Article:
I was browsing my gists recently and found one I’d totally forgotten about, which is somewhat ironic given its purpose: scheduling short-term reminders with alarms from the Terminal. I posted it about it back in 2016, but eventually it fell into disuse, as a lot of my just-playing-with-an-idea scripts tend to.

This one was actually pretty cool, though, and I’ve started using it again. You just run something like dontforget to get ready for dinner in 30m in Terminal, and in 30 minutes, you get a reminder in the form of a “ding” and your computer saying “Time to get ready for dinner.” It has LaunchBar integration for large display text.

I don’t know why I ever decided that Bash scripting was the efficient way to write this one. It definitely isn’t. But I stuck with it and updated it a little bit.

You can now use “at 3pm” or “at 10:30am” type strings to set a specific time. The meridian (am or pm) is required. This only works within 24 hours of the current time.

I also added an AppleScript display dialog if you don’t have the LaunchBar integration enabled. Oh, and for some reason I thought it deserved smarter display of the time, so instead of “in 128 minutes,” it says “in 2 hours 8 minutes”.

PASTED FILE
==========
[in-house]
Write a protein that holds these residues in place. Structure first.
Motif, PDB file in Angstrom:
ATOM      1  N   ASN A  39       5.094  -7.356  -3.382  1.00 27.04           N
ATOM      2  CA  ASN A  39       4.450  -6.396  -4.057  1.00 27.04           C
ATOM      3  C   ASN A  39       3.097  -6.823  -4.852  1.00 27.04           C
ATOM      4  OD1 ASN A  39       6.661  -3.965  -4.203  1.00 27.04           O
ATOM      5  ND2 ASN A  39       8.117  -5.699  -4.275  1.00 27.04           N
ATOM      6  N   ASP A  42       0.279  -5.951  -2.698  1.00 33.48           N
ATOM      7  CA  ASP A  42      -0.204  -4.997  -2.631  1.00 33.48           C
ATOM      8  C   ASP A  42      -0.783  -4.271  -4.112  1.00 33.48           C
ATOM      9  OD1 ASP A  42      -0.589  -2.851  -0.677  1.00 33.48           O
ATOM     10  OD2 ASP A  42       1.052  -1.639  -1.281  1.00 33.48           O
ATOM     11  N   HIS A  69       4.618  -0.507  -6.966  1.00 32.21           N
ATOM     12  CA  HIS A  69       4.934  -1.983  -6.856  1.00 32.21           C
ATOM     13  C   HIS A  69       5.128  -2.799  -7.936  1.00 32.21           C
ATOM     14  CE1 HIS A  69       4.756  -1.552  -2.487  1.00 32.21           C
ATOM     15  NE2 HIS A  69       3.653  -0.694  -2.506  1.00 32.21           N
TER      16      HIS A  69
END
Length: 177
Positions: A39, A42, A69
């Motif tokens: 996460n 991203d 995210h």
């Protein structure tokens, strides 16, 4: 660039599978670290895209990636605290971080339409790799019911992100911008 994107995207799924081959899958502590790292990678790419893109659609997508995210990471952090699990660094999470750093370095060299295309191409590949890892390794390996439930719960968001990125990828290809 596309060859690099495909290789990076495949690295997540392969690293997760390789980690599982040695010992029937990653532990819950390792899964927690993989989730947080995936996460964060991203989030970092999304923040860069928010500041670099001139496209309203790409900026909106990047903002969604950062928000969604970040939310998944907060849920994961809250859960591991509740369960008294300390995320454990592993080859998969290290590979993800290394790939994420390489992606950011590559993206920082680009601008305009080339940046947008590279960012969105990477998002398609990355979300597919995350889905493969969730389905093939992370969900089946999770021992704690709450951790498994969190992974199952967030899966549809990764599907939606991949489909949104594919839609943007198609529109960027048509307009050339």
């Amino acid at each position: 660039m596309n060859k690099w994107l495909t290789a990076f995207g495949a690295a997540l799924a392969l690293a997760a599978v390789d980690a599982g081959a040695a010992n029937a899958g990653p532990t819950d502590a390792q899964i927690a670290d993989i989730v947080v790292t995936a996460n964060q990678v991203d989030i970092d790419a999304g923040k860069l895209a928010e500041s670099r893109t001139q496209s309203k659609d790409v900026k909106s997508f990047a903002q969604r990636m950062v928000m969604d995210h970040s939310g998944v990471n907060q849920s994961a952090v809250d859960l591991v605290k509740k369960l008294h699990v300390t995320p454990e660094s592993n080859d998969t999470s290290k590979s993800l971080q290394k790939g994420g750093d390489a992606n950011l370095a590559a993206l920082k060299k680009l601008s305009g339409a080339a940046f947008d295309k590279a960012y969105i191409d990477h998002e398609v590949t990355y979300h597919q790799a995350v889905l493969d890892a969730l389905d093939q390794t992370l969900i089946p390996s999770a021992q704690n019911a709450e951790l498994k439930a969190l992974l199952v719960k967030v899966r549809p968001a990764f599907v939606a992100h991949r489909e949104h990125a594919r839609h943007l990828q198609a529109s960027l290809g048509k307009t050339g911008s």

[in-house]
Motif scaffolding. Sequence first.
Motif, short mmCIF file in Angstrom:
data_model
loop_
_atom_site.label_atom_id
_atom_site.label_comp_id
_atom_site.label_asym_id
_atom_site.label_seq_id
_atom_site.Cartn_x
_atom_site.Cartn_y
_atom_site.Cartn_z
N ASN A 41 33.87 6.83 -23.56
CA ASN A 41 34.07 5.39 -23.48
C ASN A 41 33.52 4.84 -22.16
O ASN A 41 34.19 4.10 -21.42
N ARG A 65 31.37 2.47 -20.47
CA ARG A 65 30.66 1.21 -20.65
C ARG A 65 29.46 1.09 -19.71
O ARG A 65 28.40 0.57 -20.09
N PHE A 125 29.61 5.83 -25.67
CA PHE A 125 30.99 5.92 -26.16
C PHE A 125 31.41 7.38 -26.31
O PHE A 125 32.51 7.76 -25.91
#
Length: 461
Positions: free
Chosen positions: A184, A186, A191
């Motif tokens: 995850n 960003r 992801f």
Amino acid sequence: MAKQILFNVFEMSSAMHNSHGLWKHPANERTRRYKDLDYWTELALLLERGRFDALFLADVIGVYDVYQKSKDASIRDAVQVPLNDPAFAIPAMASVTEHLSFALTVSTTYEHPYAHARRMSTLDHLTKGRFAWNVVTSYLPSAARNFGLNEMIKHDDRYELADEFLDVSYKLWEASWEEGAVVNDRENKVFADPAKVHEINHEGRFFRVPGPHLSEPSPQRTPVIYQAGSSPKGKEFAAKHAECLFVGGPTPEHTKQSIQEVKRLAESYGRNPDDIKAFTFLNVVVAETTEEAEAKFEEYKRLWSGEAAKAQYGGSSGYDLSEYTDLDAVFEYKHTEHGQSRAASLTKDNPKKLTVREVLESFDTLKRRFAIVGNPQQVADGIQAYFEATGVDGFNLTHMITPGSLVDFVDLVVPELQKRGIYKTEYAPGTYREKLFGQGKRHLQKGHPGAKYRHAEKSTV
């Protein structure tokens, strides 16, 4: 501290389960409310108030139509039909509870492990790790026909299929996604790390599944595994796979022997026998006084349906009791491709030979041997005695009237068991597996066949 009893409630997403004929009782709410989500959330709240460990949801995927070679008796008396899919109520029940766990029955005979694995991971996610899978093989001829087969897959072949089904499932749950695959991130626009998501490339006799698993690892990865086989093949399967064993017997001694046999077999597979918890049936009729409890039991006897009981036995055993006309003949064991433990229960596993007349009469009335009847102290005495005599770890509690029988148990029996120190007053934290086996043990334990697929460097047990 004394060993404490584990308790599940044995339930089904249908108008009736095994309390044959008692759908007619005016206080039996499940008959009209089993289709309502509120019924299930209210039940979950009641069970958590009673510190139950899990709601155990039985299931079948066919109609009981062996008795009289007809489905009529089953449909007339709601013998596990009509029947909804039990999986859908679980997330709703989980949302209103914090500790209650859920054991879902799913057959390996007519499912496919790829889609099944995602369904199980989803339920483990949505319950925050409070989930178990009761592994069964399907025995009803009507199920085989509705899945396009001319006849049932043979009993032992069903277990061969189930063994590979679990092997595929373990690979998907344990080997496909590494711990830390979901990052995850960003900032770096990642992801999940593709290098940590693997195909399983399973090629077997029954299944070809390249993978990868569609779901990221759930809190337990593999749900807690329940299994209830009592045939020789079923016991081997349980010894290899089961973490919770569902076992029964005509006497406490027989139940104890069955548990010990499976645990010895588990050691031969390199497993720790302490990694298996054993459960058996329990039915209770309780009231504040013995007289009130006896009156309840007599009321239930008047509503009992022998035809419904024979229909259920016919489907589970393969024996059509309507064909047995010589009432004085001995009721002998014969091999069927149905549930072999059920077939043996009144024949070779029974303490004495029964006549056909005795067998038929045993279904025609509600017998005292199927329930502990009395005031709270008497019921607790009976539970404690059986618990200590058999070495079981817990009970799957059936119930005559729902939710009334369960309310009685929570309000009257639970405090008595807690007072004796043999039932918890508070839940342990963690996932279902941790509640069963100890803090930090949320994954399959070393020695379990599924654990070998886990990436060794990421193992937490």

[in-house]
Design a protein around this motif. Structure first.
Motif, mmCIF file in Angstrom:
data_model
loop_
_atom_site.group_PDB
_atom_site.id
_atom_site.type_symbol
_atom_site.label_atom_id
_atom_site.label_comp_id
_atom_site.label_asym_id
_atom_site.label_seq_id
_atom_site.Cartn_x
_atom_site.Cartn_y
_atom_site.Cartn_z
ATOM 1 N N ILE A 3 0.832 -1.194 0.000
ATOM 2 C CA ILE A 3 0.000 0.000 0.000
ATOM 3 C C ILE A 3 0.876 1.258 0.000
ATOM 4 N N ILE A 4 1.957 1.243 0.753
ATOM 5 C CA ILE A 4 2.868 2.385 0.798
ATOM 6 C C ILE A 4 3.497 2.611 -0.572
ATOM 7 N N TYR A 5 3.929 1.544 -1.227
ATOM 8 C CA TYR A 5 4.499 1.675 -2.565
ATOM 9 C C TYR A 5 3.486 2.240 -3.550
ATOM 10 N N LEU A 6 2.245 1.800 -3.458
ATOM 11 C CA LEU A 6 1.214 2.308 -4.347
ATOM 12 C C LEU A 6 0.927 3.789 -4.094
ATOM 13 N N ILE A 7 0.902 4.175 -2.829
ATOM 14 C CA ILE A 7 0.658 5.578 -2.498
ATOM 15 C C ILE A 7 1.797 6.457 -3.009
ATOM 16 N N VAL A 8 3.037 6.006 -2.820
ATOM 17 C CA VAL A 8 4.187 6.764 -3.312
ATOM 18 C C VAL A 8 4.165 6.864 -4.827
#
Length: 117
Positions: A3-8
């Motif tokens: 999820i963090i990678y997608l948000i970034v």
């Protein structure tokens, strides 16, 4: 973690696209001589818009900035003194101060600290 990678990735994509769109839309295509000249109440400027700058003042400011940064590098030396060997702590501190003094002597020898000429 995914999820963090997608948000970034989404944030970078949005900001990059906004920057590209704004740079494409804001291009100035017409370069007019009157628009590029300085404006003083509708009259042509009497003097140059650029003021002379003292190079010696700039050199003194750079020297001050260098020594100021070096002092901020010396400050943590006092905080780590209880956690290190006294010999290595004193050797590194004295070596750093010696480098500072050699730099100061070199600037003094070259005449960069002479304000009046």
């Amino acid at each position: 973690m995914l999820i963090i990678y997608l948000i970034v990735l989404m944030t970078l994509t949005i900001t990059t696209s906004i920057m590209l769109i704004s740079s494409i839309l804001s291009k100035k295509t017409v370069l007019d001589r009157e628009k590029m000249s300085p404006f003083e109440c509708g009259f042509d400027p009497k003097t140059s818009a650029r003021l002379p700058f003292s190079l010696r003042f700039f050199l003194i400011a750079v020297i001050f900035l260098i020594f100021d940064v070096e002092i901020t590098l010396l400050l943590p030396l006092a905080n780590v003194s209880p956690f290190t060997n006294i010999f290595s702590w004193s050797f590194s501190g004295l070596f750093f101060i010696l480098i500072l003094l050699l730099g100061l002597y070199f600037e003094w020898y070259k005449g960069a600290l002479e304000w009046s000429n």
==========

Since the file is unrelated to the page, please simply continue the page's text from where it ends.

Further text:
Contrary to what I wrote in my original post on this, it will actually work fine if you quit the Terminal session you launched it in (assuming you didn’t force it to run in the foreground, but why would you do that, really?).

This little script really isn’t meant to be used for much beyond a quick reminder within a few hours. I use it when I tell my girlfriend I just need to take care of a quick coding problem I thought of in the evening after I’m supposed to be done for the day. “I’ll be back in 20 minutes, I promise.” When I sit down I run dontforget to get back to your beautiful girlfriend in 20m and my Mac will make sure I’m not a liar.

You can find the updated script in the gist. Feel free to leave comments there if you think of additions or fixes it needs! By the way, I’m using Fish as my shell these days, but this works fine as long as it has the bash shebang on the script.